Despite heightened East-West tension after the American bombing of Libya last week, Soviet leader Mikhail Gorbachev is pushing ahead with new arms control proposals. In remarks over the weekend, he urged ``a significant reduction'' of conventional and tactical nuclear weapons in Europe.
The Soviet leader also said Moscow will shortly be putting forward a ``new initiative'' to limit chemical weapons.
In a further sign of interest in business-like East-West relations, he gave tacit approval -- in the German interpretation -- to a visit by East German leader Erich Honecker to West Germany.
Mr. Gorbachev's words remained rather vague and left a lot to the imagination of his listeners, however.
Speaking informally to journalists in Potsdam, East Germany, on Sunday, he said that the United States actions in Libya had poisoned the East-West atmosphere in recent weeks. And addressing the East German party congress last Friday, he promised Libya ``solidarity in word and deed'' against the American ``crime'' and ``law of the jungle.''
``The aggressive and militarist US policy directly damaged the dialogue between the USSR and the USA and the East-West dialogue as a whole,'' he warned. Yet he threatened no concrete penalty -- not even a breaking off of negotiations about the next superpower summit due to take place this year in the US. At Potsdam on Sunday, he said the summit is still possible if Washington changes its foreign policy approach.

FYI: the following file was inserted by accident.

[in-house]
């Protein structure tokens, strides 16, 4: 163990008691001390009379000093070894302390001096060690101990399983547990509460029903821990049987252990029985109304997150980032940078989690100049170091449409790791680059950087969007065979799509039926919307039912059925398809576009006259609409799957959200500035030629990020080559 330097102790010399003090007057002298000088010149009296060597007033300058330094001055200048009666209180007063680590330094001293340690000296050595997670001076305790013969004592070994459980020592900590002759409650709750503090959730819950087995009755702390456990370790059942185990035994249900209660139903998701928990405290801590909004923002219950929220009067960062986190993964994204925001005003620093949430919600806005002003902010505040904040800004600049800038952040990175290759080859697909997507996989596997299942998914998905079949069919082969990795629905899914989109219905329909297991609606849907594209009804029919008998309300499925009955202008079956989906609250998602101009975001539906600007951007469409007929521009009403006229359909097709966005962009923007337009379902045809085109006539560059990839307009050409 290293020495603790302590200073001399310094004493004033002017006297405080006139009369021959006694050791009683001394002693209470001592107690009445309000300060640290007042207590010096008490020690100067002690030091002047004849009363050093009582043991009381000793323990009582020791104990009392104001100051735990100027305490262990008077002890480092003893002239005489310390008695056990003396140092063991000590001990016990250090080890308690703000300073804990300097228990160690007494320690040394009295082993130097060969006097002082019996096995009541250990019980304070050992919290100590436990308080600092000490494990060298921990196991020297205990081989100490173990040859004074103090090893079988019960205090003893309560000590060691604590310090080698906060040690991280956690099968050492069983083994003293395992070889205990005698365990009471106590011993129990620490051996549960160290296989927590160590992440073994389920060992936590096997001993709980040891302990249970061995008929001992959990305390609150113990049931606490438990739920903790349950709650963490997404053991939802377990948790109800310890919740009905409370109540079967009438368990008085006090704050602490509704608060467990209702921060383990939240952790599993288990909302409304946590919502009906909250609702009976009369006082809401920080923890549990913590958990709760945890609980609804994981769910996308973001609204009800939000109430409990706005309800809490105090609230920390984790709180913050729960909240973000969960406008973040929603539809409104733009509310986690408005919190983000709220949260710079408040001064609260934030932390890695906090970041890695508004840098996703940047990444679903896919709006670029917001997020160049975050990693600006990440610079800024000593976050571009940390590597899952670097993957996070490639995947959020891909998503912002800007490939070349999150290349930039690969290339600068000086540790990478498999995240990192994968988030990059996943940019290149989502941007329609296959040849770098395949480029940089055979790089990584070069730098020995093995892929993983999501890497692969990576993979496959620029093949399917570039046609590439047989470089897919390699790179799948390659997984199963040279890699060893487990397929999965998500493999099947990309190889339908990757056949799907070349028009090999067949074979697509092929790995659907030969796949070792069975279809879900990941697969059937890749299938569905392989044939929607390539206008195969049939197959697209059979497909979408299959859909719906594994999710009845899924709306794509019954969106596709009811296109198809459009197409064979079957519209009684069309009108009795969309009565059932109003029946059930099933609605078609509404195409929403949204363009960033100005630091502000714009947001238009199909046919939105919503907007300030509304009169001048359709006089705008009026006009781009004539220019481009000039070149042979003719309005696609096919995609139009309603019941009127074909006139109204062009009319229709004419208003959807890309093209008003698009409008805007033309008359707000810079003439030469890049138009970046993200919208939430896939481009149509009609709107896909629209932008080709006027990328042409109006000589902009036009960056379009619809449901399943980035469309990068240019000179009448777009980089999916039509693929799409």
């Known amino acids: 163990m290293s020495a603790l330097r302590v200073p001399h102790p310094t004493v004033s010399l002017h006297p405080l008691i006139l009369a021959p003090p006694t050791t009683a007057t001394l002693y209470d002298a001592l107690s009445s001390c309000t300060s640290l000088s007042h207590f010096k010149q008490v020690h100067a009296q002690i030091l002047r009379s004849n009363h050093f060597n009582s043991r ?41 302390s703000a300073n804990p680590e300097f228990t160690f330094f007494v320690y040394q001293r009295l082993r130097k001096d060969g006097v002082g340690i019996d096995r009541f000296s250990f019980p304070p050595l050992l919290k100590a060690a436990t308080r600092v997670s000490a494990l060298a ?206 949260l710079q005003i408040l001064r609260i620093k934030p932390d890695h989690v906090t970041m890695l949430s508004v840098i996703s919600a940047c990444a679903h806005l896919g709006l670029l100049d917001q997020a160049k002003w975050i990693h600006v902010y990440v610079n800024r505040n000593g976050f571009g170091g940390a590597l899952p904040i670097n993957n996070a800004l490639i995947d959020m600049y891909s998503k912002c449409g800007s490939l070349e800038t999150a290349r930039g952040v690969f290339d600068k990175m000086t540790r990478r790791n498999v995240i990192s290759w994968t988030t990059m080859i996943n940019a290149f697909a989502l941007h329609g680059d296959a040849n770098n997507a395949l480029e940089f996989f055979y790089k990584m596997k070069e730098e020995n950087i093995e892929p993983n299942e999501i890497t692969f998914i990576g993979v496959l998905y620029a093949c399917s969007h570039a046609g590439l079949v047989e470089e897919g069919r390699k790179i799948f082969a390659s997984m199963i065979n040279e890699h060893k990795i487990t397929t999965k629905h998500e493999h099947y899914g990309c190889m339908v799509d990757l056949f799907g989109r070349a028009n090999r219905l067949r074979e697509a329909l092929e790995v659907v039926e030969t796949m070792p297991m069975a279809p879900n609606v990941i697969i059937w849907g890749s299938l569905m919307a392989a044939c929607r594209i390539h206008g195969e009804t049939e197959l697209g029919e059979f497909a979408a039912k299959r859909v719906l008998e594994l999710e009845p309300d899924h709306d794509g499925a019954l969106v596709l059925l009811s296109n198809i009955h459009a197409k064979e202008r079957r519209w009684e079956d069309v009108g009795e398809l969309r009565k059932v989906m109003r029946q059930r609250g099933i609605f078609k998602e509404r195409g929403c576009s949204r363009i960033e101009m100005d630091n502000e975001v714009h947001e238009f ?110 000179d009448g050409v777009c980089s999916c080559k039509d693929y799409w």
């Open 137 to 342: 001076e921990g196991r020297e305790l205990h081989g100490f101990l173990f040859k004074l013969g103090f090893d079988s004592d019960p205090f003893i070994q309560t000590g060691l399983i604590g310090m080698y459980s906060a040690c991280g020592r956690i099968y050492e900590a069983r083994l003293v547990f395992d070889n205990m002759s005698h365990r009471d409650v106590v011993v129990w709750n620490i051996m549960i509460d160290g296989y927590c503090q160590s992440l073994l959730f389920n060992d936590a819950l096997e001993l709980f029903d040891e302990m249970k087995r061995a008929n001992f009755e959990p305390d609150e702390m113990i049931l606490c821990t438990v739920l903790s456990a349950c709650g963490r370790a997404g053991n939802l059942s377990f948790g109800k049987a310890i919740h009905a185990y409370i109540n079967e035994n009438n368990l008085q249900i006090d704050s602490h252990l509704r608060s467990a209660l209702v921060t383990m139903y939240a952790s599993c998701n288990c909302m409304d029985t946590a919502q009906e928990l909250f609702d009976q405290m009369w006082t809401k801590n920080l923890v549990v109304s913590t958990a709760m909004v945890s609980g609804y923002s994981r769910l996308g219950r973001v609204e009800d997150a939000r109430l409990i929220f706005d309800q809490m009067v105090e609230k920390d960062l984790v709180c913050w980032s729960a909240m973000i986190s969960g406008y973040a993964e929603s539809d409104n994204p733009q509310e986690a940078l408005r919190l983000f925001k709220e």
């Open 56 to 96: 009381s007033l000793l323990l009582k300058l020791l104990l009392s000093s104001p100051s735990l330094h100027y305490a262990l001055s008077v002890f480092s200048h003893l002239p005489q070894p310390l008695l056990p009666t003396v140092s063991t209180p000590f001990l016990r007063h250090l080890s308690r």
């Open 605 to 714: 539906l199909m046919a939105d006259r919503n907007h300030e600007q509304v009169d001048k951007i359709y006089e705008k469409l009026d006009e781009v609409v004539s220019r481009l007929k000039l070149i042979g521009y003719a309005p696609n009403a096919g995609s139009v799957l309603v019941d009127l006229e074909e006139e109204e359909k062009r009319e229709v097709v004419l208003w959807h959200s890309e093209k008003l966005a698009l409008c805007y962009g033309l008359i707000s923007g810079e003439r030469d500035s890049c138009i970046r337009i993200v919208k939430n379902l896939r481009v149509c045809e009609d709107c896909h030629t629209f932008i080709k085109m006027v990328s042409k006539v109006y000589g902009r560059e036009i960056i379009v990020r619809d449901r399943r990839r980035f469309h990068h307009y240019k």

Soviet policy toward Europe -- both East and West -- also remains nebulous. Observers had speculated that Gorbachev might take the occasion of his first visit to Eastern Europe since last February's (largely domestically oriented) Soviet Communist Party Congress to set some guidelines for Europe, but this did not happen.
In arms issues, Gorbachev gave no figures and few details of his new bid for reductions in both conventional and tactical nuclear weapons in Europe ``from the Atlantic to the Urals.''
Conventional cuts should cover ``all components of land forces and tactical air forces of European states and the forces of the United States and Canada stationed in Europe,'' he stipulated at the East Berlin party congress. Units should be disbanded, with equipment either dismantled or removed to the country of origin.
He repeated, as the Soviet Union has been saying in recent months, that on-site inspection might be used to supplement satellite verification of any agreement.
On overall East-West relations, Gorbachev said that Moscow was extending its hand rather than its fist, but that the West wasn't responding in kind.
Instead, the US was ``launched on the road of effectively undermining the Geneva summit,'' especially with its continued nuclear tests despite Moscow's eight-month moratorium.
On West Germany, Gorbachev said the Soviet Union sets great store on good bilateral relations -- but only if Bonn really follows a course of peace and security. He berated Bonn for being the only European country to accept US Pershing II missiles, for being the most ``devoted'' European supporter of America's ``militarist SDI plan'' (President Reagan's Strategic Defense Initiative or ``star wars''), and for proposing ``a European version of `star wars' '' in developing a European missile defense.
Gorbachev's criticism of West Germany was not sufficiently strong to be interpreted by the Germans as a warning to Mr. Honecker not to go ahead with his maiden visit to West Germany. Two years ago the Soviets blocked this visit, objecting to too cozy an East-West German relationship at a time of East-West tension over the stationing of US Pershing II and cruise missiles in Europe.